Scooby-Doo has been a favorite of kids for the past fifty-three years, and there’s no end in sight. So how did this all get started? How many versions are there? Why does everyone hate Scrappy? You’ve come to the right place for answers. This article goes over the many series that have portrayed Scooby and his pals.

The Mystery, Inc. Gang’s Band Days

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Did you know that the original concept for the show was a group of teenagers in a rock band who solved mysteries between playing gigs? It’s weird to think about, but true; the mystery gang was originally supposed to be a band.

When the task of creating the show was given to Hanna-Barbera writers Ken Spears and Joe Ruby, and character designer Iwao Takamoto, they came up with Mysteries Five, five teenagers and a sheepdog who played the bongos. I know, right?!

The pitch was rejected, and they went back to revise. They reduced the number of teens, renamed them, and changed the sheepdog to a Great Dane–Takamoto designed him purposely to be the opposite of a prize-winning show dog of the breed. They dropped the band element, upped the comedy, and ramped down the scary on the next round of revisions.

Originally, the dog was named Too Much. However, he was renamed Scooby-Doo, based on Frank Sinatra’s scatting in “Strangers in the Night” by Fred Silverman, a CBS executive. He named the show Scooby-Doo, Where Are You?. This time, it was approved, and the rest is history. Which is exactly what we’re here to discuss.

Scooby-Doo, Where Are You?

Photo Source: Fanpop

The first iteration of the gang aired starting September 13, 1969. With a total of forty-one episodes, this series stuck to its monster-of-the-week format, with no overarching plot.

The formula it created for its episode storylines is continued and played upon in many iterations, but in Where Are You?, the plot stays the same from episode to episode: the gang comes across a mystery, investigates a little, splits up to look for clues, comes back together and makes a trap for the monster, the trap fails, the gang catches the monster through a comedic series of events, the monster is unmasked as a person while the gang explains the dastardly plan, and it all gets wrapped up with the classic, “And I would’ve gotten away with it too, if it weren’t for you meddling kids!,” from the villain (although, the phrase “meddling kids” wasn’t coined until season 2!).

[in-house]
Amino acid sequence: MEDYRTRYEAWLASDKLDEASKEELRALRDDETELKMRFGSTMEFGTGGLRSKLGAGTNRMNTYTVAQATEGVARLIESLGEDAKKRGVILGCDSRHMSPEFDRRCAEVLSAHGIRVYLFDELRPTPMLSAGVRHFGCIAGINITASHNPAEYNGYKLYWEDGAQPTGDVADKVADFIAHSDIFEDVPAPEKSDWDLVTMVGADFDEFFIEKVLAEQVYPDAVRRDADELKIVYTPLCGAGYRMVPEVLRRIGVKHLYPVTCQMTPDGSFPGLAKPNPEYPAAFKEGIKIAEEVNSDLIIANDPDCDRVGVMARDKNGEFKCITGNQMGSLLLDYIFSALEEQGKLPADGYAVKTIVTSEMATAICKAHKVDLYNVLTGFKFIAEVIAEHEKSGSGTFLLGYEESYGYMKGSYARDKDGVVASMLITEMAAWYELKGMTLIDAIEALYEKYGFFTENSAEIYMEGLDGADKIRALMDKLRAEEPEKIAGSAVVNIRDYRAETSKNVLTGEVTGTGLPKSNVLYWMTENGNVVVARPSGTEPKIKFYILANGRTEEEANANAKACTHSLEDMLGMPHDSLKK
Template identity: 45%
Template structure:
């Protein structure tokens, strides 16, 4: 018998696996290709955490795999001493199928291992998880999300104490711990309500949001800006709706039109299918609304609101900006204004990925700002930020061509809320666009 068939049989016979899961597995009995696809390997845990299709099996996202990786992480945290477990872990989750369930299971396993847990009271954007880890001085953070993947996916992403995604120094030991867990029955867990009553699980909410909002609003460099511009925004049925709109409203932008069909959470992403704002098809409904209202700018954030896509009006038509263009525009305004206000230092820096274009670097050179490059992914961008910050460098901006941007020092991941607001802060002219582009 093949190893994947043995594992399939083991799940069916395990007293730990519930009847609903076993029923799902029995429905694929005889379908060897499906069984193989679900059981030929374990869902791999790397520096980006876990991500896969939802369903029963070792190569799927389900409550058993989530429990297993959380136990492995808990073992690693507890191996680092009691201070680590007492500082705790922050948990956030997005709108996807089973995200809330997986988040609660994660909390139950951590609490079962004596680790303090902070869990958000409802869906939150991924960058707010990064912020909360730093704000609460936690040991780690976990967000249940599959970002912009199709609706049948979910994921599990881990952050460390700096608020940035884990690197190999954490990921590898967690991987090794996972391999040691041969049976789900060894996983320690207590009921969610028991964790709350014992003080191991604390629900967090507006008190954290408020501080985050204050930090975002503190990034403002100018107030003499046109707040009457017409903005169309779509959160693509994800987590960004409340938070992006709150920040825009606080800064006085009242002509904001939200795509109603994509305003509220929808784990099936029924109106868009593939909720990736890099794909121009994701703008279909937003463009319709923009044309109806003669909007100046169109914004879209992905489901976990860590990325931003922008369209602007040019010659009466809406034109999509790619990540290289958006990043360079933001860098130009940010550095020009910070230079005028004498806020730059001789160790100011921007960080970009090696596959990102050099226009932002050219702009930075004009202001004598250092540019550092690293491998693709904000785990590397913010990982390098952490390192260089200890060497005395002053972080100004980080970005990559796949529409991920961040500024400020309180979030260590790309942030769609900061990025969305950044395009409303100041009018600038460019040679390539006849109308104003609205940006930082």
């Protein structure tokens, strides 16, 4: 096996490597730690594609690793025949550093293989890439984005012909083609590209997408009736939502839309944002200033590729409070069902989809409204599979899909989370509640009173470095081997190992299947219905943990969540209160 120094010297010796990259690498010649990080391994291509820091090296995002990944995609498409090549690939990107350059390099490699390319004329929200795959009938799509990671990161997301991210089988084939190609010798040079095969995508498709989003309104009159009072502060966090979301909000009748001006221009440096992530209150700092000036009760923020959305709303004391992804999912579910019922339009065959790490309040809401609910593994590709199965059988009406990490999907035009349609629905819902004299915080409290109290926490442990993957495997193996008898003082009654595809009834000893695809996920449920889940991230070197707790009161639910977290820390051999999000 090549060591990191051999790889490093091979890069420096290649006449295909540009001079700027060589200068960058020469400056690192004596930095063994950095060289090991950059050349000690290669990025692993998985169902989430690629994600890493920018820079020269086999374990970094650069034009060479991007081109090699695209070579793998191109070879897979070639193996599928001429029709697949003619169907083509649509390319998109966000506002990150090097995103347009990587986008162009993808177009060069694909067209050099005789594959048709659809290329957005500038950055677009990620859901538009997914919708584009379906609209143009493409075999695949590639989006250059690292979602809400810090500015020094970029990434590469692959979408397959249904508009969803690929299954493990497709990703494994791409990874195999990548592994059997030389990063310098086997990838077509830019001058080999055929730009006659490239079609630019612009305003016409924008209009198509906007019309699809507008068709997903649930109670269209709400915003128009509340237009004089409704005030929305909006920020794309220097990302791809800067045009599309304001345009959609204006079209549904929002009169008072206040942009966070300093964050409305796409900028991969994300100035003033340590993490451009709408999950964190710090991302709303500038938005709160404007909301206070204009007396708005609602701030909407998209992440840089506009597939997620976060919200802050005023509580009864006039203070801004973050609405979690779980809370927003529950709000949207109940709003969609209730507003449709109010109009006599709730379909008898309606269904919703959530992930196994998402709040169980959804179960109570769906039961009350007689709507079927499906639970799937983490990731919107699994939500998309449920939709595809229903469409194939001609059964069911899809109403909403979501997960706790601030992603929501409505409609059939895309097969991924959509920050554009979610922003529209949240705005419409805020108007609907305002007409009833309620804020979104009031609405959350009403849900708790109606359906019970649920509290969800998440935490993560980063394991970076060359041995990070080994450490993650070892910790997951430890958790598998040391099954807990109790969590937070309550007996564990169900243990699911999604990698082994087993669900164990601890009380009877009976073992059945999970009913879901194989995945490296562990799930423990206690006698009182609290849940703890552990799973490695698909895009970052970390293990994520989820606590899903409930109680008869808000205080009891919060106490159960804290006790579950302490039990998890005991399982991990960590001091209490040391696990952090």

There was an eight-year hiatus in the show between ’70 and ’78 when ABC picked it up from CBS for its third and final season. (Though the final season was technically a selection of episodes from later series marketed as a third season by ABC. Those television broadcasters, always up to dastardly hijinks!)

Overall, the program was a success! The reception it got allowed the plethora of amazing content we got later.

Scooby’s Further TV Incarnations

The New Scooby-Doo Movies (1972-1973)

These 1-hour long episodes featured guest stars helping the gang solve mysteries. These included both real-life celebrities voiced by themselves or impersonators and popular animated characters. Fun Fact! Mark Hamill’s first voice-acting work was done on this series. He did additional voices in 8 episodes, and has since gone on to voice such iconic characters as Joker in Batman: The Animated Series (1992) and Ozai in Avatar: The Last Airbender (2005).

The Scooby-Doo Show (1976-1978)

 Technically originally aired under several different names, these forty episodes have been bundled together and branded The Scooby-Doo Show. Fun Fact! This period of Scooby history saw the introduction of Scooby-Dum, the predecessor to Scrappy-Doo in that he was widely hated (including by me as a child).

Scooby-Doo and Scrappy-Doo (1979-1980)

Photo Source: TV Tropes

Driven by falling ratings and threats of cancellation, the crew gave the show a major overhaul. Decreasing the presence of and ultimately eliminating Fred, Daphne, and Velma, the show put the focus on Shaggy, Scooby, and Scooby’s nephew, Scrappy-Doo. Initially received as a good move by critics, Scrappy continued to be successful for years. However, as time went on, fans began to dislike him. This caused his own creators to turn on him as well, and Scrappy, though portrayed in a few more recent iterations, has largely fallen by the wayside. Fun Fact! Scooby-Doo and Scrappy-Doo was the last Hanna-Barbera cartoon to use the studio’s laughtrack.

Scooby-Doo and Scrappy-Doo (1980-1982)

A second run of the series that introduced the franchise’s present-day most hated character, this iteration was made up of seven-minute shorts that were put together into episodes or put in as segments of other cartoons. Fun Fact! Scrappy was originally going to be the companion of Daphne’s niece, but she was dropped during the process of Scrappy’s creation.

The New Scooby-Doo Mysteries (1983-1984)